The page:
The Bears (5-7) will look to snap a six-game losing streak Sunday when they host the Houston Texans (4-8) at Soldier Field. Here are four storylines to watch in the game:
(1) Will a once-dominant Bears defense recapture its mojo after poor performances against the Packers and Lions?
Through the first 10 weeks of the season, the Bears could count on their stingy defense to keep them in games. But that hasn't been the case of late, with the unit uncharacteristically allowing five touchdowns in each of its last two outings after permitting only 12 TDs in its previous seven contests.
"You can't be in shock based on what happened," said inside linebacker Roquan Smith. "It is what it is. We went out there and put out those performances, so [we] can't blame anyone but ourselves. We've just got to look at it as a reality check. You've just got to get in the lab, keep getting better. You can't dwell on the past because those two games have happened and there's nothing anyone can do to change that. So it's just about just getting better and more so growing from that."
After permitting an average of 20.9 points through their first 10 games, the Bears allowed 41 and 34 points the last two weeks. They ranked first in the NFL in both third-down efficiency and red-zone touchdown percentage after 10 games but have since slipped to fifth in both categories after allowing the Packers and Lions to convert a combined 12-of-22 first downs (54.5 percent) and score TDs on 7-of-8 red-zone possessions (87.5 percent).
(2) Will the Bears offense build on the improvements it's made in recent weeks, especially last week versus the Lions?
After struggling most of the year, the offense is finally showing some signs of life. Against the Lions, the Bears tied season highs with 30 points and 26 first downs and recorded their second most total yards (389) and rushing yards (140).
The improvement has come since the bye week when Mitchell Trubisky was reinstalled as the starting quarterback, running back David Montgomery returned after missing one game due to a concussion and the offensive line was reshuffled. Montgomery rushed for a season-high 103 yards against the Lions and Trubisky posted a 108.3 passer rating that was the highest by a Bears quarterback this year.
"I feel like we're making progress as an offense," Trubisky said earlier this week. "I feel like it's just a little reassurance that we're getting better in practice, we're doing our jobs and you're seeing the hard work in practice translate to the game a little more. We have to keep doing that. And we have to continue to stay hungry because we're not getting the outcomes we want."
The Bears will look to take another step against a Texans defense that ranks 24th in the NFL in points and 30th in yards (31st against the run and 21st versus the pass). In their last three games, the Texans have permitted 20, 25 and 26 points and 399, 384 and 398 yards.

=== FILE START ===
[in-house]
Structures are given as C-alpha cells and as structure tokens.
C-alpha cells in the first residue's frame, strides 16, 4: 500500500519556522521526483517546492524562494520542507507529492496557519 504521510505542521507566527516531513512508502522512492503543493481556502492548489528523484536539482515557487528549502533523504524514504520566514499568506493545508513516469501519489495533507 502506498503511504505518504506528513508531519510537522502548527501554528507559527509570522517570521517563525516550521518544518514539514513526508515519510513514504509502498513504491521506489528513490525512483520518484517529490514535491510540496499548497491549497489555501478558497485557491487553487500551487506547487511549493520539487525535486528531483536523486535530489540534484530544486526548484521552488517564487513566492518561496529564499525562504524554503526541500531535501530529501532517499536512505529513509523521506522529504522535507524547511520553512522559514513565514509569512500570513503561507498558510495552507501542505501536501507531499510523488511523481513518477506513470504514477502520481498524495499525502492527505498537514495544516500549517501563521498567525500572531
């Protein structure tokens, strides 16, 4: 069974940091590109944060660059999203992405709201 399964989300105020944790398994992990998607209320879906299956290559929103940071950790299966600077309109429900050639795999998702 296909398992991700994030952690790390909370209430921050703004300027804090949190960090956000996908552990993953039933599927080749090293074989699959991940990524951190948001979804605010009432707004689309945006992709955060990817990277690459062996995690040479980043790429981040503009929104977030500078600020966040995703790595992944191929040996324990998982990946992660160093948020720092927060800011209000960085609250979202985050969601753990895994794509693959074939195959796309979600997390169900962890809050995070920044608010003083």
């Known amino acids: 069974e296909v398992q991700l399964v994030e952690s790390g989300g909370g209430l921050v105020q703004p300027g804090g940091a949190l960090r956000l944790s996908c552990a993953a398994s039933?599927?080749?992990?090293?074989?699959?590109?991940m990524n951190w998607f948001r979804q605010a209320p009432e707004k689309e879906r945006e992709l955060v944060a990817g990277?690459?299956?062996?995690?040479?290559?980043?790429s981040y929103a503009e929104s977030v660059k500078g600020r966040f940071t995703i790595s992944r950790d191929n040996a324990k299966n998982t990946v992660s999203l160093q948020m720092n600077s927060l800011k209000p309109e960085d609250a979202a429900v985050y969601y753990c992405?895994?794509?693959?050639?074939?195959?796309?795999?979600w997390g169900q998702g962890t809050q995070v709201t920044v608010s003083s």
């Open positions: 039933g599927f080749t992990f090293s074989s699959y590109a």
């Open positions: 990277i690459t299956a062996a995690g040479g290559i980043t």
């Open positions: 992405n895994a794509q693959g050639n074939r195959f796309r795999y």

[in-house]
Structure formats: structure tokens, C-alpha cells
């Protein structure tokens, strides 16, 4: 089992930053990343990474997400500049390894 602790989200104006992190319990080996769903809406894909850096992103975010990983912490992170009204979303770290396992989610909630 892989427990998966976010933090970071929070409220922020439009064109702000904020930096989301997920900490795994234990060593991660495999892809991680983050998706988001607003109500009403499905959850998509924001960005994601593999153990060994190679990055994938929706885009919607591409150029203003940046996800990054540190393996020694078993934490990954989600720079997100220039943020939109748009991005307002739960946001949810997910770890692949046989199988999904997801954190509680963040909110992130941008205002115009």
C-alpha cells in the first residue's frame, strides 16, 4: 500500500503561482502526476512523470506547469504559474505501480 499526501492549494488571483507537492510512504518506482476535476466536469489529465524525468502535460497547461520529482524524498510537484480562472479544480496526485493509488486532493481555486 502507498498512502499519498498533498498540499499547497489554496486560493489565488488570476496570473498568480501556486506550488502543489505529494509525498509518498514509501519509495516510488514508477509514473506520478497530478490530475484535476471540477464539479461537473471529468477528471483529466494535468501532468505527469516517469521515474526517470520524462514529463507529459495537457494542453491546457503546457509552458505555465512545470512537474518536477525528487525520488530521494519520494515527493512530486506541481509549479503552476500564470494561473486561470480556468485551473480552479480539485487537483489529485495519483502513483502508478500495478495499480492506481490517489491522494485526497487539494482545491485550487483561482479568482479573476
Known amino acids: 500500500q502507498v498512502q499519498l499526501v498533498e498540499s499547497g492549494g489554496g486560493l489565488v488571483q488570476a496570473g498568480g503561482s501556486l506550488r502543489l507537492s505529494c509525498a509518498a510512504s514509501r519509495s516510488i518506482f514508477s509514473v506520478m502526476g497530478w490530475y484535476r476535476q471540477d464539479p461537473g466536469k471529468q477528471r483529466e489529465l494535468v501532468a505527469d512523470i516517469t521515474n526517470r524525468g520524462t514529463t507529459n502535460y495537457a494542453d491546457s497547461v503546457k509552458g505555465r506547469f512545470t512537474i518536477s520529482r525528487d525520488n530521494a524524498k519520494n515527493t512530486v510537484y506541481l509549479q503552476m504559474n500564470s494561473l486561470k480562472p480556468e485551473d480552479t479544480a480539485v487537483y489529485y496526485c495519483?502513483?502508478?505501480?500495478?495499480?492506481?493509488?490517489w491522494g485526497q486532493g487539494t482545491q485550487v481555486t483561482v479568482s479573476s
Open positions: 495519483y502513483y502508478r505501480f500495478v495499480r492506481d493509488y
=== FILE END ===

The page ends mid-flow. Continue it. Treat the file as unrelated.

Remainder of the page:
(3) Will the Bears defense be able to contain Texans star quarterback Deshaun Watson?
Houston has had trouble moving the ball on the ground this season, ranking last in the NFL in rushing yards. But Watson has continued to shine. The fourth-year quarterback leads the NFL in average yards per pass (8.83), ranks second in passing yards (3,542) and is fourth in passer rating (110.0).
"He's a great player," said defensive coordinator Chuck Pagano. "What a talent. Top two or three player in this league as far as I'm concerned; could arguably say he's the best player. He's big, he's strong, he's athletic. He's very, very dangerous. He's a great, great talent, He's a great player. Unfortunately, we don't get to play with 13 players. We'd love to this week."
Pagano told reporters that the scheme the Texans run features more run/pass options than anyone in the NFL and is perfect for the multi-dimensional Watson. The Houston quarterback has passed for 344, 318 and 341 yards in his last three games and has rushed for at least 36 yards in five of his last six contests.
"You guys have seen him step out of harm's way multiple times," Pagano said, "and then run for first downs or throw the ball down the field and get a big chunk play."
Having recorded just eight sacks during their six-game losing streak, the Bears need to rediscover their pass rush Sunday against Watson and the Texans.
(4) Will the Bears offense be able to slow down Texans five-time All-Pro defensive end J.J. Watt?
Watt established himself as one of the NFL's top defensive players of all time during a ridiculous four-year stretch from 2012-15 when he recorded 20.5, 10.5, 20.5 and 17.5 sacks. His production is down—he has 5.0 sacks in 12 games this year—but he's still capable of producing impact plays—like the Matthew Stafford pass he intercepted and returned 19 yards for a touchdown in a Thanksgiving win over the Lions.
"Obviously, he's a dominant player," said offensive coordinator Bill Lazor. "Hard to block him one-on-one. Both run and pass, he'll make plays. One of the things that's different now than at times in the past when I've coached against him is that he'll move around to a lot of different spots now, whereas you had some times earlier when you had a little easier time predicting where he would be. So that's also a challenge.
"The players are just going to have to be pros about it. They're going to have to be smart, they're going to have to see where he is. If he lines up in a spot that they weren't quite expecting him, then they're going to have to find ways to get help to him. That's kind of how you deal with these kind of players. He can wreck a run play or a pass play. That's just a fact. And he's been doing it a long time."